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Old 02-24-2010, 06:09 PM
 
Location: Wherabouts Unknown!
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I misssed out on the Colorado weather biggies, but I was lucky enough to live thru Hurricane Camille, a monster category 5 hurricane that ravaged the Biloxi Mississippi area in '69. Just got back from a two week leave the day before it hit. As soon as I got off the plane in Mobile AL, I could sense that something nasty was brewing out in the gulf. It was an utterly unsettling feeling.....the so-called calm before the storm. When I got back to Keesler AFB, things got pretty crazy very rapidly. We all spent a frightful nigh in the halls of the barracks, and awoke to absolute destruction in the morning. I can still see it clearly in my mind more than 40 years later.

I'm thankful to be living away from the coasts. Colorado is a good place to be for those who fear hurricanes! That hurricane crap is pretty scary stuff. Also lived thru Hurricane Isabel in Virginia Beach, but that was a minor cat 1 storm. Because of the direction in which the wind was blowing we kept the front door open thru the entire storm which made it easier to hear the howling wind, along with the trees and tree branches cracking and thudding against the ground. The little cat 1 storm knocked out the power for 10 days. Cat 1 storms are still scary though. Blizzards are rather tame in comparison, at least the ones I've experienced.

Last edited by CosmicWizard; 02-24-2010 at 06:20 PM..
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Old 02-25-2010, 12:23 PM
 
Location: Fort Collins, USA
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Quote:
Originally Posted by jazzlover View Post
None of this changes the fact that Colorado is essentially a pretty arid state, located a long way from the major sources of its moisture. That makes the climatic precipation patterns here both fairly dry and relatively unreliable from year to year. Long-time Coloradans understand that, but many "newbies" don't. And, sadly we continue to encourage population growth and poor water management practices that are severely straining a somewhat capricious and overappropriated water supply.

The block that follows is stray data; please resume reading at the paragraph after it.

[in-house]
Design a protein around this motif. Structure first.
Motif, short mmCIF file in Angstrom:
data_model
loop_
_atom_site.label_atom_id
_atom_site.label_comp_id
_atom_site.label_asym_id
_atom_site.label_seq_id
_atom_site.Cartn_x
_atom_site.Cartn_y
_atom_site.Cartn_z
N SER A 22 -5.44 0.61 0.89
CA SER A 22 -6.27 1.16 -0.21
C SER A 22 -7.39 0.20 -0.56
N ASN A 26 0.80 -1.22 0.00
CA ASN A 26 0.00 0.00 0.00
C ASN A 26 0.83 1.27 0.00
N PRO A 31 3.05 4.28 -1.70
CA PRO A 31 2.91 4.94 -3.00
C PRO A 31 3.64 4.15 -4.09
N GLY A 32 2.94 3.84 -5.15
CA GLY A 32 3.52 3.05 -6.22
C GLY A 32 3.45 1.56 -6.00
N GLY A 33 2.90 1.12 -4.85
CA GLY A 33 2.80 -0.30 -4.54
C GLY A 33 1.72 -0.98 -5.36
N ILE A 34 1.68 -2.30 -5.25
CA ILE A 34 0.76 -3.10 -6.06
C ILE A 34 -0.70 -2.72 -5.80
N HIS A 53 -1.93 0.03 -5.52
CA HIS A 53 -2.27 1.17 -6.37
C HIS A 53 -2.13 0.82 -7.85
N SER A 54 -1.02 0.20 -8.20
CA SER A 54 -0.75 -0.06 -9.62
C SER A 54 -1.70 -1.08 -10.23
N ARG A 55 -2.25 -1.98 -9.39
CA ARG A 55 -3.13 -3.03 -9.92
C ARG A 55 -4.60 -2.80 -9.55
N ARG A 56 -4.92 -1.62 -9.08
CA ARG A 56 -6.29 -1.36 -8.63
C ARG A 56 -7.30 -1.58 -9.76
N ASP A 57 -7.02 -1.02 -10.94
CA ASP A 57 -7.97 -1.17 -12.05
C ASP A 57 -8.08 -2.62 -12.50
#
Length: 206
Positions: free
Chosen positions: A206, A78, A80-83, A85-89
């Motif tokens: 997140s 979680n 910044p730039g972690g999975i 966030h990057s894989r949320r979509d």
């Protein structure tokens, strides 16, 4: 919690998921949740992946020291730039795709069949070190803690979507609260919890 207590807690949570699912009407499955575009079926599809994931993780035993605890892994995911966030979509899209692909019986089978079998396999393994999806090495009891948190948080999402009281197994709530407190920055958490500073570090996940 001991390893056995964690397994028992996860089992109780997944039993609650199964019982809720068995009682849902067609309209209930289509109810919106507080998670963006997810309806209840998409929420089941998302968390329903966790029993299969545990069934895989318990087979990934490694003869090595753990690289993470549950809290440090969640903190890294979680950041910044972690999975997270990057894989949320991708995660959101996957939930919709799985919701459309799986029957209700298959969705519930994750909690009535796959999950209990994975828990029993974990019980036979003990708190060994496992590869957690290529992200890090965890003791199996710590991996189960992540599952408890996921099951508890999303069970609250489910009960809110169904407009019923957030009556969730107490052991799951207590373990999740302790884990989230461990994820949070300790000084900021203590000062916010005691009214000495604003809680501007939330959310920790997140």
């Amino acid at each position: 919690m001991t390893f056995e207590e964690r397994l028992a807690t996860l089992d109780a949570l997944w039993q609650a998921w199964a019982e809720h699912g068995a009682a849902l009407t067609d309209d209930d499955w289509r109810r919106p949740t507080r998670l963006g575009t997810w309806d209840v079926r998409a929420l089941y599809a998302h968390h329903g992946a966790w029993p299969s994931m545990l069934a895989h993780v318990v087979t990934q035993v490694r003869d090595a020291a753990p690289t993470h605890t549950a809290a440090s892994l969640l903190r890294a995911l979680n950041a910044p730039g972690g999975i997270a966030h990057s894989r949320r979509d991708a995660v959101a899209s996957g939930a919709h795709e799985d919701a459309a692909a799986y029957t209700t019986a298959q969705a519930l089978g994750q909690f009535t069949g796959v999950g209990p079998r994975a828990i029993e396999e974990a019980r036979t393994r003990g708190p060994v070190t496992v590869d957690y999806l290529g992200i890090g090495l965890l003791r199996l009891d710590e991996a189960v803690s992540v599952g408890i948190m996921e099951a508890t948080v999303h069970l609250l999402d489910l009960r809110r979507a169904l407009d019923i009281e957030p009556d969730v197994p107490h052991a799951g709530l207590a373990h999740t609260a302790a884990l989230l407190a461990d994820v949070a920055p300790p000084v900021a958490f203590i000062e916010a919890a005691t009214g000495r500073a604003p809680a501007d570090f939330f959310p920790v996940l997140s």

I'm sure people that are in agriculture are more attuned to their environment then urban dwellers (they have to be if they are to survive economically). But I've lived in Colorado for almost 30 years and to the extent that there is any conservation ethic (still fairly anemic, IMO) it's a recent phenonenom. For example, when I moved to Fort Collins in 1991, the average per capita water consumption was around 250 gallons per person/ per day. Now it's 150 gallons per person/per day even though the city is still mostly bluegrass lawns. Water was unmetered and there were abundant supplies in 1991, and people watered to excess. In fact, you can find a lot of "old timers" who defend the bluegrass lawn as a Colorado tradition. I've had to explain repeatedly to people that the urban landscape along the Colorado Front Range is artifical and would not survive without irrigation and it's not all newcomers or out-of-staters who don't know this.
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Old 02-25-2010, 07:10 PM
 
Location: NOCO
535 posts, read 1,363,498 times
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Its always disappointing when people have problems on the roads in winter (and summer, in that matter). I try to alter my driving style to make the people around me safer when there is snow on the ground, especially since I'm usually on the roads before plowing. The conditions aren't as dangerous as a group of people in thousand pound plus machines grouped together in the conditions. I do get angry about all the salt use on the roads, the overconfidence it inspires on cleared and salted roads doesn't translate well to when that's not the case.

Im surprised the real estate agent didn't give her the "It doesn't snow here much at all, and when it does, it melts fast, and in the rare case that it sticks, that guy down the street plows the roads and driveways for free"
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